Me : "Go find alien weapons to nuke Cthulhu's ass"
    Player :"While riding a dinosaur ?"
    Me : "Yup"
    Player :"Ok I'm in"
  • It's full of great ideas for a full on Golden Age Science Fantasy pulp action game. However it is also sexist and features people doing nasty things to children. As such, I'm not going near, even if it does look great and has very well done cross-referencing.
  • Posted By: GB SteveHowever it is also sexist and features people doing nasty things to children.
    I don't want to deny the sentiment, but to remark on the facts, the Carcosa text itself is not sexist that I can see. It does describe some implicitly sexist societies and/or cosmology, though, if that's what you meant. I felt it necessary to make the distinction because calling the book "sexist" sounds like the author or the book advocates a sexist ideology, which it does not.

    The child abuse complaint is solid, that is indeed something the book features. Also, other types of violence and human degradation. Definitely a pretty grim vision overall. Not a background I would choose for wish-fulfillment fantasy.
  • interesting content, especially like the random spawn and tech tables and the village leader names.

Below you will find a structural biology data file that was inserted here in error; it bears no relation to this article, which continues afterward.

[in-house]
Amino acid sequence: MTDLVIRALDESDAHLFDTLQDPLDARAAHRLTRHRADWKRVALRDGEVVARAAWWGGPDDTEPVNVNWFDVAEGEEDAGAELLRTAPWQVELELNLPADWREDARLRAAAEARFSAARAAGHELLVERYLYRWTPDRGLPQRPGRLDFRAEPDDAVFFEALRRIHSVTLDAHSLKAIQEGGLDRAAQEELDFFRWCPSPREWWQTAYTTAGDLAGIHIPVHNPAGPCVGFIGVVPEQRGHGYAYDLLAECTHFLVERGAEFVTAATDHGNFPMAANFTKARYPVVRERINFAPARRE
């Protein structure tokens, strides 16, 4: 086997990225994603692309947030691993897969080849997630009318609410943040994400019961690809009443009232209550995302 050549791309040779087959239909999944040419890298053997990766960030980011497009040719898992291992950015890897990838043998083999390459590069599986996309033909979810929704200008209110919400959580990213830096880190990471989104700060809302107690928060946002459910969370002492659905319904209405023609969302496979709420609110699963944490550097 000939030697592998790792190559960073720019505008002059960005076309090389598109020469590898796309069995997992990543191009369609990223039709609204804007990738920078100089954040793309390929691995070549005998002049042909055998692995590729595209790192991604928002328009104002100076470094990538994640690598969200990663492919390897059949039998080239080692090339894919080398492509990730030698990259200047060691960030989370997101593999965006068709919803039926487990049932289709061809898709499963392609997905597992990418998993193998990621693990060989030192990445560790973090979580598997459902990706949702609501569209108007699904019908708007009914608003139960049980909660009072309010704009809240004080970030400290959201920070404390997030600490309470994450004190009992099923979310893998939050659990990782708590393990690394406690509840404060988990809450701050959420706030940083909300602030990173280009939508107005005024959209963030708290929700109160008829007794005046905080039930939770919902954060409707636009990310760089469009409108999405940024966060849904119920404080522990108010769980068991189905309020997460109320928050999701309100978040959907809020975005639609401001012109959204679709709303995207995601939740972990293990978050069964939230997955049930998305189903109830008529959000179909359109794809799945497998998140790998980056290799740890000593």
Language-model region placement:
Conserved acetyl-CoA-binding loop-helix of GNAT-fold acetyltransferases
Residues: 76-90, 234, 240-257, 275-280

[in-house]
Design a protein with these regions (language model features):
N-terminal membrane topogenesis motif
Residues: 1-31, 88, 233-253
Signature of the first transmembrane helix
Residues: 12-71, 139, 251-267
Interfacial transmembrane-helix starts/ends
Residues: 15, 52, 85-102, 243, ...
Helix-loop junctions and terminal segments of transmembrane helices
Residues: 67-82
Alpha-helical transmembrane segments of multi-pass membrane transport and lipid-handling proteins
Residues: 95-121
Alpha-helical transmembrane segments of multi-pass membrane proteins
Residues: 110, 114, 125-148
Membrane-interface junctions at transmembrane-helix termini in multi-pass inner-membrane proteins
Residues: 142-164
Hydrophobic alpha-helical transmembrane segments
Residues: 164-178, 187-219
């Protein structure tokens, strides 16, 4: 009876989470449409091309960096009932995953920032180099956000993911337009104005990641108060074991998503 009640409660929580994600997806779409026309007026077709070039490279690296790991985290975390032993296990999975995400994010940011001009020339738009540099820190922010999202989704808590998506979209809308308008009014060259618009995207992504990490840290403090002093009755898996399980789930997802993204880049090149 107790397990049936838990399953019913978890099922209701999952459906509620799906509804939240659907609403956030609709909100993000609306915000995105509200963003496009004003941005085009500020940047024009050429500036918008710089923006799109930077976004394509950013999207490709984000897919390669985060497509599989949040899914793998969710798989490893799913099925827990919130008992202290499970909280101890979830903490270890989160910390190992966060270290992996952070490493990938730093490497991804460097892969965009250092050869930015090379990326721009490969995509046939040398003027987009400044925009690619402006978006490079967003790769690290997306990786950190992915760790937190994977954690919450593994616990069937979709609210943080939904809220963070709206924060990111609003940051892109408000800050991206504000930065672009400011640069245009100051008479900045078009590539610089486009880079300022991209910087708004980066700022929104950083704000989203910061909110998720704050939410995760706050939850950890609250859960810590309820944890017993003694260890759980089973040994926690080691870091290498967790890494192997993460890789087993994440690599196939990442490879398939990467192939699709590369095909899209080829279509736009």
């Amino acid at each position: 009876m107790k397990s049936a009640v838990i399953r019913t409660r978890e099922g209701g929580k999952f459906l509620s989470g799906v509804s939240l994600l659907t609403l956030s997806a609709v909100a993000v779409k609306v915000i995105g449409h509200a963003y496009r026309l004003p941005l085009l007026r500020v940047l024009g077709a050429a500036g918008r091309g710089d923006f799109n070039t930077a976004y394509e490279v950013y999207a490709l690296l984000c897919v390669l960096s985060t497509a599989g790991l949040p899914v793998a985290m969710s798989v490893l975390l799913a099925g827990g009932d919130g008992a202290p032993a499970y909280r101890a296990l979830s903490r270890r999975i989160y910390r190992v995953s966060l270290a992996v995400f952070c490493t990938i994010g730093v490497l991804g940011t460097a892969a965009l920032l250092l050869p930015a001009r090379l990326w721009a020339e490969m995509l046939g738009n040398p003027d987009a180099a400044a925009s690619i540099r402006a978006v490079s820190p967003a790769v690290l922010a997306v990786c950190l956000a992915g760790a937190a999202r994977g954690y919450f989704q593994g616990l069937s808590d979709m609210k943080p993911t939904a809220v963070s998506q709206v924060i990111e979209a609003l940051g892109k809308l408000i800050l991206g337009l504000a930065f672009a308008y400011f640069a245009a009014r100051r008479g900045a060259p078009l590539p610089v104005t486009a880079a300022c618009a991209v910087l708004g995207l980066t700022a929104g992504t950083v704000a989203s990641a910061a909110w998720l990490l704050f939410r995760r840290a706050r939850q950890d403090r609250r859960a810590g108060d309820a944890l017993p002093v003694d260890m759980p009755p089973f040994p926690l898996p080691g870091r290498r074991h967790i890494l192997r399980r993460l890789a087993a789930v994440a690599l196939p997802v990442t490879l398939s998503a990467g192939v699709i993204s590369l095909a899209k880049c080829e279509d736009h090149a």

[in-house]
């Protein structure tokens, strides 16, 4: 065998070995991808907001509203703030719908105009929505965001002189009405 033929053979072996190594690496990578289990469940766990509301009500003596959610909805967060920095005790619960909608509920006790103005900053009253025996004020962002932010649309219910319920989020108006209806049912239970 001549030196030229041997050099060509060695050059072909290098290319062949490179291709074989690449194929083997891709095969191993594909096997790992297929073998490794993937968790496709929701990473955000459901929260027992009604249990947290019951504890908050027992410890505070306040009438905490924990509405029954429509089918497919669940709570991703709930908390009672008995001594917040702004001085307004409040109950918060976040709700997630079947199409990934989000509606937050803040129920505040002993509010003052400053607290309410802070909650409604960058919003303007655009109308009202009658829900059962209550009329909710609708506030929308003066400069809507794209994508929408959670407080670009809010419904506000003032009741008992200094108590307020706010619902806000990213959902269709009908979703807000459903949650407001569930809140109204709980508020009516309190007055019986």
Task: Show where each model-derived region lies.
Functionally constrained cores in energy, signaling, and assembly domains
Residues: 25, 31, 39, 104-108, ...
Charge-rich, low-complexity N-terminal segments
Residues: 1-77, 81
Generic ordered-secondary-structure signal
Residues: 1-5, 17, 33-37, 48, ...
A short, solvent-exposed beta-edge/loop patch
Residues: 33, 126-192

Too much ritual slaughter; I would replace ninety something percent of the race/gender/age specific human sacrifice with other spell triggers/ components.
  • edited April 2012
    Posted By: Eero TuovinenPosted By: GB SteveHowever it is also sexist and features people doing nasty things to children.
    I don't want to deny the sentiment, but to remark on the facts, theCarcosatext itself is not sexist that I can see. It does describe some implicitly sexist societies and/or cosmology, though, if that's what you meant. I felt it necessary to make the distinction because calling the book "sexist" sounds like the author or the book advocates a sexist ideology, which it does not.

    The child abuse complaint is solid, that is indeed something the book features. Also, other types of violence and human degradation. Definitely a pretty grim vision overall. Not a background I would choose for wish-fulfillment fantasy.The book is not sexist and just because a cultural product features people doing bad things to children doesn't mean it advocates that or is in any way problematic.

    Anyone suggesting that the sexual violence in Carcosa is intended as part of wish-fulfilment fantasy (or that such fantasies are the main reason one would choose to play in a setting where everything is horrible) has a deeply deeply conservative view of what RPGs are about.